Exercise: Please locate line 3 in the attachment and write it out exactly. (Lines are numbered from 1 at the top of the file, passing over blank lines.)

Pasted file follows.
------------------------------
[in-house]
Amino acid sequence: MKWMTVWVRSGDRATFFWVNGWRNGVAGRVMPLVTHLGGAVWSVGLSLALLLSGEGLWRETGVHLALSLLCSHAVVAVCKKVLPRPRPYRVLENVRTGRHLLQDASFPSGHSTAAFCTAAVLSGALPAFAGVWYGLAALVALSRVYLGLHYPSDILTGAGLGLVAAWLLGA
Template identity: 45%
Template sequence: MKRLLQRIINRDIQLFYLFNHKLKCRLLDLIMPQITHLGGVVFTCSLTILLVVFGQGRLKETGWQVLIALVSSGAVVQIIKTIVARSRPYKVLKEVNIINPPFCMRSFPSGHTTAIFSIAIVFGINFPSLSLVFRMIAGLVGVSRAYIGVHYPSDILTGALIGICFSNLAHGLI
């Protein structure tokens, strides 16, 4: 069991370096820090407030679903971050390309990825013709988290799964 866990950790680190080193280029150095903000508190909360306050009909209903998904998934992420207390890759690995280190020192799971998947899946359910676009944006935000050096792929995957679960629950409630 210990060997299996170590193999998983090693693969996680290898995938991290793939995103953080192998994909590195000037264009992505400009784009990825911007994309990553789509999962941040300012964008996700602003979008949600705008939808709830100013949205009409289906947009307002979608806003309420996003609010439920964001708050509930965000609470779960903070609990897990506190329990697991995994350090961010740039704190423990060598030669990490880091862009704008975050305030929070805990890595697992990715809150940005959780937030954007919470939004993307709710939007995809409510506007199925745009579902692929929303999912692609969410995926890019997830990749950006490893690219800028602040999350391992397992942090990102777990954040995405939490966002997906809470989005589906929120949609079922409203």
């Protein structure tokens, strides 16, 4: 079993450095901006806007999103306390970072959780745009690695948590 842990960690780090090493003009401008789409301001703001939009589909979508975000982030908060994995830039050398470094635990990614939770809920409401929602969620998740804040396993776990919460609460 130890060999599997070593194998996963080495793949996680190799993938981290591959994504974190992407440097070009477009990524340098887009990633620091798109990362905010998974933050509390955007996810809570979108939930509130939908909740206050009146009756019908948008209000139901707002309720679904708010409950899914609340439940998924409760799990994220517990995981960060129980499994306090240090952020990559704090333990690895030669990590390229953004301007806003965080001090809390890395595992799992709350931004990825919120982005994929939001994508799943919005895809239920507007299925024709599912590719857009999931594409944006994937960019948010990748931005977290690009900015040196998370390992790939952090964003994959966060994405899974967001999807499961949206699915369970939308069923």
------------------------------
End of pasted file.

Template identity: 45%